• Inadequate documentation: Firms may fail to adequately document their rationale and decision-making processes when conducting source of funds checks. This can make it challenging to demonstrate compliance in case of regulatory scrutiny.
  • Lack of policy clarity: Firms must establish clear policies and procedures for SoF checks. It is crucial that team members understand when and how these checks are necessary to ensure consistency in compliance.
  • Inconsistent adherence: Some firms may struggle with consistent implementation of their SoW checks policies. This can lead to gaps in compliance and undermine the effectiveness of AML measures.
  • Lack of risk awareness: Legal professionals may fail to recognise red flags indicating potential money laundering or terrorist financing. Awareness of these red flags is essential for effective SoW checks.

Risk assessment

A robust risk assessment is crucial for AML compliance, both at the client and matter levels. Risk assessments ensure that each client and matter is treated appropriately from the outset, allowing for the implementation of adequate CDD measures. A genuine risk-based approach is not only best practice but is also embedded in UK legislation and AML regulations.

While risk assessments are vital, there are common problems and gaps in their implementation within legal firms. These issues can hinder effective AML compliance and include:

  • Lack of clear templates: Firms may struggle to establish clear templates for risk assessments, leading to inconsistencies and incomplete assessments.
  • Inadequate training and understanding: Legal professionals may not receive adequate training in conducting risk assessments or may not fully understand the criteria for assessing risk.
  • One-time approach: Some firms may treat risk assessments as a one-time requirement rather than a dynamic and ongoing process, neglecting the need for continuous monitoring.
  • Incomplete assessments: Firms may conduct risk assessments that are incomplete or fail to consider all relevant factors, leaving potential compliance gaps.

Role of technology

Technology plays an important role in the streamlining of SoF checks and the enhancement of AML compliance practices. Open banking, for example, provides a secure and efficient avenue for law firms to gain access to their clients’ digital bank statements.

Primarily, open banking enables instantaneous access to clients’ digital bank statements, removing the inherent delays associated with traditional document collection methods. This can speed up the process significantly. Furthermore, it significantly enhances security by reducing the risks of statement tampering or interception via email or postal services, thus safeguarding the integrity of financial data. The ease of access extends to the generation of straightforward and accessible reports.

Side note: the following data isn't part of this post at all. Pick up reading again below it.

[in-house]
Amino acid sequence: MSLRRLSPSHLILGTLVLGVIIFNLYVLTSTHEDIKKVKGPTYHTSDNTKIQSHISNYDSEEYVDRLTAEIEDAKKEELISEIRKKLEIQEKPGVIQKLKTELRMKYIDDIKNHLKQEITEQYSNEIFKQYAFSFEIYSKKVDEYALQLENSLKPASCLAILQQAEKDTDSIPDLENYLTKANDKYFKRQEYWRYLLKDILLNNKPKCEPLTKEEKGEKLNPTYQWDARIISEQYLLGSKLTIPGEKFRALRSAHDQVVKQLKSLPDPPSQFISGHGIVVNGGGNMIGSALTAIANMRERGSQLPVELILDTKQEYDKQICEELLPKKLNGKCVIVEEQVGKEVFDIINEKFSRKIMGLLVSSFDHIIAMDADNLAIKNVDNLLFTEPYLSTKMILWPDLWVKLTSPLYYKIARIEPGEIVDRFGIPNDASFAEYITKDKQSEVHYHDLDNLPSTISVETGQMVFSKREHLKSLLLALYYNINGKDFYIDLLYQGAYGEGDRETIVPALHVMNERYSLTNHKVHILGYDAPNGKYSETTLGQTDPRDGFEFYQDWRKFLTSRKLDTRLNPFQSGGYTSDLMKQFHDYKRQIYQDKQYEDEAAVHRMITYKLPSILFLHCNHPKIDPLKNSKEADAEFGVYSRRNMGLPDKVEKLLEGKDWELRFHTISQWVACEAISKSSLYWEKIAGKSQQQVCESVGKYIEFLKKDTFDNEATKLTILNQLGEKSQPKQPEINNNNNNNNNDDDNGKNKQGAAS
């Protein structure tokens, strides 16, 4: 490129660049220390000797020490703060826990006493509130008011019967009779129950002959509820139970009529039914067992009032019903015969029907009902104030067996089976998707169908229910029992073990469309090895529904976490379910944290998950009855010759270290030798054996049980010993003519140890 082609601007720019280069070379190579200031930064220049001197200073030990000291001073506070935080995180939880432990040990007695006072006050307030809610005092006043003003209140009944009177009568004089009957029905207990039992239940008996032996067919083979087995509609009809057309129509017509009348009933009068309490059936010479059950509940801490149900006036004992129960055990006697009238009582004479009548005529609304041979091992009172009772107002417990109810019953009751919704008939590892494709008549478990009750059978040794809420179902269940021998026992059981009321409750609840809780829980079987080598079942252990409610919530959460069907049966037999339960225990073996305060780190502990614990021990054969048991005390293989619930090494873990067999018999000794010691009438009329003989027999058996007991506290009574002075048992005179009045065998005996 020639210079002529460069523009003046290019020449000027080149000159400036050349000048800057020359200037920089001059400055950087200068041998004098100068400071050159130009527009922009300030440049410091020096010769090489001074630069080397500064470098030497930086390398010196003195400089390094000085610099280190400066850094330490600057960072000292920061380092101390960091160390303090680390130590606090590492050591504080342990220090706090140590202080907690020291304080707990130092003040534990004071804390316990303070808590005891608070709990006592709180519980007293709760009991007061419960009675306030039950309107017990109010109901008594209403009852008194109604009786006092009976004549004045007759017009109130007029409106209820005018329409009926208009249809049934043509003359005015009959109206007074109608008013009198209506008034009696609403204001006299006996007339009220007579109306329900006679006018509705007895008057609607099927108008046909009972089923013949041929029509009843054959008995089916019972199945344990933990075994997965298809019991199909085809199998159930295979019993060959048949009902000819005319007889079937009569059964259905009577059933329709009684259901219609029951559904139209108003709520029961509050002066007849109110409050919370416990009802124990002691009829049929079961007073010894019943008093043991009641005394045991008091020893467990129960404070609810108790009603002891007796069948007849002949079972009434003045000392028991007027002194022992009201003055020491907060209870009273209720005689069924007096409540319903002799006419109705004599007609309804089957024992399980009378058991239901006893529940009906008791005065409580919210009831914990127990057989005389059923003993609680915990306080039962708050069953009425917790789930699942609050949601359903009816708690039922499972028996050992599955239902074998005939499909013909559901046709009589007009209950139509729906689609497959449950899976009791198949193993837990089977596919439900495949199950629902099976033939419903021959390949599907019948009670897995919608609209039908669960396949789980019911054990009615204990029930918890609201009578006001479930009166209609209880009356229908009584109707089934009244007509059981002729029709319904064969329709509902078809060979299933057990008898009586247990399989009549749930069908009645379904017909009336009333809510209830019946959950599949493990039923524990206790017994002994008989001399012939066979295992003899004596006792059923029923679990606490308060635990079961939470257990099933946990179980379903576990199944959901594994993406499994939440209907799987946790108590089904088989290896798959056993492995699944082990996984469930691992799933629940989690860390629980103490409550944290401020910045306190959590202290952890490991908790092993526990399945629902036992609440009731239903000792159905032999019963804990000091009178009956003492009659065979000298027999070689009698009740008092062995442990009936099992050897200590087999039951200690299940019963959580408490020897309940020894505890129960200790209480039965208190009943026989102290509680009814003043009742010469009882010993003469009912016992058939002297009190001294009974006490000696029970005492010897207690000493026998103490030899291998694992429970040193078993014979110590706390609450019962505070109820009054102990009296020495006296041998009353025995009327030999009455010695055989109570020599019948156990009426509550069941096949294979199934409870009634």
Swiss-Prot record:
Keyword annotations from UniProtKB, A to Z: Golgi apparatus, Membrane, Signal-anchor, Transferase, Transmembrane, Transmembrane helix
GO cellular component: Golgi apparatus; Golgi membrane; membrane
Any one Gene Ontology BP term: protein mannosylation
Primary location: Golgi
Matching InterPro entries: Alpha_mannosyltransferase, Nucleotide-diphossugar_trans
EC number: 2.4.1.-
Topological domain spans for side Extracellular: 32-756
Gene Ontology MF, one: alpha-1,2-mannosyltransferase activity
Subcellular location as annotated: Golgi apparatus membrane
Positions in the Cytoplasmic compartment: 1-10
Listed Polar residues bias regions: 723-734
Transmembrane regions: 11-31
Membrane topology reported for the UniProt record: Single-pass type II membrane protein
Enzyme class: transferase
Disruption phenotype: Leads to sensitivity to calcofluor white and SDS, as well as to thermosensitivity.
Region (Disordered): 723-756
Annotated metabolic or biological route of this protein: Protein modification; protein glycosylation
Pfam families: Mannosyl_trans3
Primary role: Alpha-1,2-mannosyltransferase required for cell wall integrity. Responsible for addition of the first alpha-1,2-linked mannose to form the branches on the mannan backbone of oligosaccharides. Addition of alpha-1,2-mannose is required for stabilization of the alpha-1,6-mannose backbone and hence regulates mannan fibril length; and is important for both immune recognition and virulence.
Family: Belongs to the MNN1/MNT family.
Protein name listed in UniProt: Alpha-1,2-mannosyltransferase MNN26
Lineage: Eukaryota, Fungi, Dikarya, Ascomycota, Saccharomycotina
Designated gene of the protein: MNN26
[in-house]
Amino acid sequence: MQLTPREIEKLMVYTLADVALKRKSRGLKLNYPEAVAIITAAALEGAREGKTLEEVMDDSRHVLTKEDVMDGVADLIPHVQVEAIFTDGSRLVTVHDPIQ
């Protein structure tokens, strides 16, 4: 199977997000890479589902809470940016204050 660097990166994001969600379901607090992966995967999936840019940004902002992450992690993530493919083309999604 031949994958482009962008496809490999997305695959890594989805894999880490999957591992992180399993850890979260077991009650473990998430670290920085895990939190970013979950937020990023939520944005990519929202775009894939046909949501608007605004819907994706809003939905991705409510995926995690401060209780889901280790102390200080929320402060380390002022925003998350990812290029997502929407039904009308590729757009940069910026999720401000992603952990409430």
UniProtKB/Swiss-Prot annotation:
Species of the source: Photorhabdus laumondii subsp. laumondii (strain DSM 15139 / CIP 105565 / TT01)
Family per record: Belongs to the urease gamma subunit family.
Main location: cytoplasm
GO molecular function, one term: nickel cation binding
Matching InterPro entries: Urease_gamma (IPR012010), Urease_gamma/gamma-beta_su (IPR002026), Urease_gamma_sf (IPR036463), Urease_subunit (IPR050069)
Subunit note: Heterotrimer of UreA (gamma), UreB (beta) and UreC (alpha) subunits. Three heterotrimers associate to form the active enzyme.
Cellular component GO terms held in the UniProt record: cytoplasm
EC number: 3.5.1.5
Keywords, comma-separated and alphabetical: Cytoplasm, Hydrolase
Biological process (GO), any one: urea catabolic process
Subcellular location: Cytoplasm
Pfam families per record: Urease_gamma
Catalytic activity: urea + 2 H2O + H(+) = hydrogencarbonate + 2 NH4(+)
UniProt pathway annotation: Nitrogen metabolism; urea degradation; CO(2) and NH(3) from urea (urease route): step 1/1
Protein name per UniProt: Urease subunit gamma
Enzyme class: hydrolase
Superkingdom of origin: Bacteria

Technology can also play an important role in the analysis of financial transactions. Through the utilisation of data analytics, technology has the capability to discern patterns and anomalies, thereby facilitating the identification of potential money laundering or other illicit activities. This augmentation of SoF checks empowers legal professionals to align their practices with a truly risk-based approach to AML compliance.

Likewise, technology and data analysis can support the risk assessment process. For example, by facilitating the streamlining of controls within risk assessment procedures, automating and optimising certain processes, which, in turn, reduce the likelihood of human errors. Secondly, it can support ongoing monitoring through automated systems. These systems are adept at providing continuous surveillance of client and matter data, promptly identifying any changes or triggers that may indicate heightened risk levels. Furthermore, technology significantly contributes to the realm of client identification and verification. By simplifying and speeding up these crucial processes, technology ensures the swift and accurate determination of the authenticity of clients’ identities, thereby strengthening the risk assessment process. This includes automated screening for PEPs and sanctions.

However, while technology offers substantial benefits in supporting SoF checks and AML compliance, there remain several gaps and challenges:

  • Integration hurdles: The integration of open banking and data analytics tools into existing systems can pose difficulties for certain law firms, potentially impeding the seamless flow of compliance processes.
  • Data privacy concerns: The handling of sensitive financial data necessitates robust data privacy and security measures. Legal professionals must meticulously adhere to data protection regulations when employing technology for SoF checks.
  • Ongoing compliance vigilance: It is crucial to recognise that technology alone does not guarantee compliance. Legal professionals must remain abreast of regulatory updates and best practices in leveraging technology for AML compliance to ensure ongoing adherence to evolving standards.

Looking forward

The SRA’s AML Annual Report 2022-23 gives an indication of where things are moving. In short, regulation is tightening, fines are increasing, and firms are under ever growing scrutiny. AML compliance, effective risk assessments, and thorough SoF checks are a strategic imperative. Property lawyers must stay informed about regulatory updates, embrace technology, and continuously improve their AML practices to combat money laundering and terrorist financing effectively.